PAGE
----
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2014 resolutions and predictions

By Mark Shields

January 8, 2014

As the first (and maybe still the only) individual with a press pass to have boldly predicted that after his upset win in the 2000 New Hampshire Republican presidential primary, “President” John McCain would not seek a second White House term, you might think I would’ve been embarrassed into retiring my smoggy crystal ball. But as “Show Boat” taught us: “Fish got to swim, birds got to fly.” Add to that: “Pundits have to predict.”


During every month of 2014, a succession of elected Washington officeholders will tell us, “If we can put a man on the moon,” then we can a) reverse global warming b) overcome economic inequality and c) eliminate those pesky crow’s feet around the eyes.


I resolve not to take seriously any candidate running for public office next year who regularly misuses the following nouns as verbs: “dialogue,” “mentor,” “impact,” “staff,” “parent” or “friend.” While we’re on the subject, other objectionable words and phrases include: “proactive,” “incentivize,” “functionality,” “prioritize,” “it is what it is,” “that said” or “double down.”


I predict that just as the construction “marriage equality” effectively resolved the debate over same-sex marriage in favor of its proponents, there will be one memorable signature line from the debate over women in combat. Its speaker, retired Air Force Col. Martha McSally, in 1991 became the first American woman to fly combat missions. Her cryptic formulation rejecting men-only rules in combat: “So Justin Bieber can do it, but Venus Williams can’t?”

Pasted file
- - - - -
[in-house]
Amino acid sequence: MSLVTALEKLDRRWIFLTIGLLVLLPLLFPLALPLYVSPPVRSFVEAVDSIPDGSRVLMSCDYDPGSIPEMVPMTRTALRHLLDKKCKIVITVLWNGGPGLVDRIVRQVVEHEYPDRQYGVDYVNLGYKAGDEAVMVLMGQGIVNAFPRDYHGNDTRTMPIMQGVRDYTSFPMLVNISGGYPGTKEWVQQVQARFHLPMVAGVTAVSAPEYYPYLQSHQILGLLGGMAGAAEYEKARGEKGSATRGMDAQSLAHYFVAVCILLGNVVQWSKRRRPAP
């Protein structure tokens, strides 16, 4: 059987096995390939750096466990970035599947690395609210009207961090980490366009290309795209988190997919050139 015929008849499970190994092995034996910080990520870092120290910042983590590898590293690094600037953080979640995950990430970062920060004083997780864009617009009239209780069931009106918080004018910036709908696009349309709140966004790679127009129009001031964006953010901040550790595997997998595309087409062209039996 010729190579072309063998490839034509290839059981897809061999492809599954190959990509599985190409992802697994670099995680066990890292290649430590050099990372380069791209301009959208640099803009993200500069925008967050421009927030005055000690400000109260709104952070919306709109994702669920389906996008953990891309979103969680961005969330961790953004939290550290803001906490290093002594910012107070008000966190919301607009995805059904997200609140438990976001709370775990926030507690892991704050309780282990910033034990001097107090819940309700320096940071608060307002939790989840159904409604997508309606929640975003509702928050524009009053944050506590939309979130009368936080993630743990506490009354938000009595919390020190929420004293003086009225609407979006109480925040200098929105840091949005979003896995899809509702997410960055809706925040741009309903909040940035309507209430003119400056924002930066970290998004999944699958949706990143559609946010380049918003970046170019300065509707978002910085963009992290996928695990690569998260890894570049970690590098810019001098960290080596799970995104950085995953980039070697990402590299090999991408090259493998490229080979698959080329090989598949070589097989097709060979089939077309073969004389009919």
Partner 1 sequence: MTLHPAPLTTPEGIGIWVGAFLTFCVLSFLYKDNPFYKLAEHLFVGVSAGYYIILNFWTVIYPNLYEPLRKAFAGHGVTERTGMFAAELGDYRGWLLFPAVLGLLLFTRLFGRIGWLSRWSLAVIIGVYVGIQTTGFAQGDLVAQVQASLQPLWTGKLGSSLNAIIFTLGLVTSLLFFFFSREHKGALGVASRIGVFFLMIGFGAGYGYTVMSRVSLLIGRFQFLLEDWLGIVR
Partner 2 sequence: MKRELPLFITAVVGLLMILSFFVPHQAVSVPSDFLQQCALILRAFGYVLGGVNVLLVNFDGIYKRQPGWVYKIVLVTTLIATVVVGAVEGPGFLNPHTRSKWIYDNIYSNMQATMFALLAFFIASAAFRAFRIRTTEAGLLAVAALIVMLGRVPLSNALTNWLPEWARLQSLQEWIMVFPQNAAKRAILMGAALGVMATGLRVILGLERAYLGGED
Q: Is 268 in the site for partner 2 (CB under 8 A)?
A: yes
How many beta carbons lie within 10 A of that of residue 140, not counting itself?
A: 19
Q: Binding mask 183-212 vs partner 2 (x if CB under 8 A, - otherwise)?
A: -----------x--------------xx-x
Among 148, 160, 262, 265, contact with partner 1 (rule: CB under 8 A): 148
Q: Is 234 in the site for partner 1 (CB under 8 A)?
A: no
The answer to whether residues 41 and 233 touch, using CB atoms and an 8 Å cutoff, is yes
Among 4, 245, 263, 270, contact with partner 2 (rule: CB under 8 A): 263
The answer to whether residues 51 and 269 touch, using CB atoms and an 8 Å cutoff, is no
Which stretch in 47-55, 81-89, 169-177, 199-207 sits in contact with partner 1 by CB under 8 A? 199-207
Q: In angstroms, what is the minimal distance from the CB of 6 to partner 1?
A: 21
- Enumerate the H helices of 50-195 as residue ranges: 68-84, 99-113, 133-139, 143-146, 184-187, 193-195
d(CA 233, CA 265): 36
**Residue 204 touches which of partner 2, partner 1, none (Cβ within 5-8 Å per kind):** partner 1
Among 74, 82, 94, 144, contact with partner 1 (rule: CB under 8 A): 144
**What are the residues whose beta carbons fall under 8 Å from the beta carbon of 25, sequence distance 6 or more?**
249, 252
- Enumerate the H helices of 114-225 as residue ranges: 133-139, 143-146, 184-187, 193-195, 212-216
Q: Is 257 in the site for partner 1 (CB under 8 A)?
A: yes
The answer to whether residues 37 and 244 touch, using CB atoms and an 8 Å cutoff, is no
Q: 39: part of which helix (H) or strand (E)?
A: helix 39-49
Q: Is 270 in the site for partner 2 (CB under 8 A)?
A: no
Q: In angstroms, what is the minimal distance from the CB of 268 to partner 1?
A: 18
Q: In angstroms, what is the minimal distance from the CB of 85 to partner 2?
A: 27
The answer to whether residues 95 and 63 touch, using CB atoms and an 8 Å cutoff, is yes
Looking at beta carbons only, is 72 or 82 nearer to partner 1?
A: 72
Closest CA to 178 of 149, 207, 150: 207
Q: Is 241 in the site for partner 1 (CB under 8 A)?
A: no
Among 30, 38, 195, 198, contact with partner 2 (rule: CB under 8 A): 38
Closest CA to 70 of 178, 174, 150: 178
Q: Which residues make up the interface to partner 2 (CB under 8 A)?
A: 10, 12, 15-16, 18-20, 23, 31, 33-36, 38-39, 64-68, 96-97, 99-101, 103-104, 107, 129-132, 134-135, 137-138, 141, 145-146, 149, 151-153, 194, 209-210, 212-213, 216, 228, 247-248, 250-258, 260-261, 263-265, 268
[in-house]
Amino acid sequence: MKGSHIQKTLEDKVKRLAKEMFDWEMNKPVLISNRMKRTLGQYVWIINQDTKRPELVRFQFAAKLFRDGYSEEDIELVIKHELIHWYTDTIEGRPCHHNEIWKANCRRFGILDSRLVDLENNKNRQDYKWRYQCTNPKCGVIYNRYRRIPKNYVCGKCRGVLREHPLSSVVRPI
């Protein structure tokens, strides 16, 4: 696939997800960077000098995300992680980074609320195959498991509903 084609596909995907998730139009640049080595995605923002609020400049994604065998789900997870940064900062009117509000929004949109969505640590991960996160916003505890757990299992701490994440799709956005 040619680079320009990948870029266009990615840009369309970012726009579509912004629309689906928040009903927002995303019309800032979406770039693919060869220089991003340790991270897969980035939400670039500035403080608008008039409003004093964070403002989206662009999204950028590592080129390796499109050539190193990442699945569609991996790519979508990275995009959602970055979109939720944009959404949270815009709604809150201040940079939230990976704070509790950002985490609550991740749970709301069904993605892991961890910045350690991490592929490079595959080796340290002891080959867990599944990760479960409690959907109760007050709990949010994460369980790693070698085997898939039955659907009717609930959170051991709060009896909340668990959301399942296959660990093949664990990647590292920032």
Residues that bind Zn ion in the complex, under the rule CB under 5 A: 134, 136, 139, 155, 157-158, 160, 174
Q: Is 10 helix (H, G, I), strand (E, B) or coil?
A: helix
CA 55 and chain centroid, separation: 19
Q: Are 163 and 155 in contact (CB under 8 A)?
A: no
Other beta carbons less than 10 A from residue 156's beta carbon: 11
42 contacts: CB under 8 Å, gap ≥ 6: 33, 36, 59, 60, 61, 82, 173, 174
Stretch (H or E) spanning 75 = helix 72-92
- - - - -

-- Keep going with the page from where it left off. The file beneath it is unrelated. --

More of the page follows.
I resolve not to read any publication that includes any of the following articles: “Why Not Paying Your Federal Taxes Is Patriotic”; “The Gentle Side of Chris Brown”; “The Absolutely Best Nachos in the Upper Great Lakes”; A soulful personal testimonial from his “surviving” uncle — “My Wonderfully Thoughtful Nephew, Kim Jong-un.”


I resolve to urge both parties to adopt the “Sears Rule,” named for its creator, John P. Sears, who was Ronald Reagan’s presidential campaign manager in 1976 and 1980. Under the Sears Rule, on the eight Friday nights between Labor Day and Election Day, the presidential nominees of both major parties would each be given a half hour of free TV time, which could only be used by the candidate. Sears’ premise was straightforward: If a presidential candidate cannot be interesting and logical for a half hour a week, then for goodness’ sake, let’s find out before Inauguration Day.


I predict that Rep. Steny Hoyer, D-Md., a leader of his party in the House, will correct a blogger who had mistakenly assumed the minority whip was a leather bar in the Bay Area.


With the president’s job rating in some national polls having dropped to just 40 percent favorable, 2014 Democratic congressional candidates will be introduced to a new oxymoron — which, of course, is the joining together of two contradictory terms, such as deafening silence or Republican moderates — “Obama coattails.”


Finally, let us resolve to seek and provide leadership that embodies the wisdom and humanity of the monk Thomas Merton, who wrote: “It is easy to tell the poor to accept their poverty as God’s will when you yourself have warm clothes and plenty of food and medical care and a roof over your head and no worry about the rent. But if you want them to believe you — try to share some of their poverty and see if you can accept it as God’s will yourself.” Happy 2014.


Mark Shields is a syndicated columnist and appears in The Logan Daily News on a weekly basis.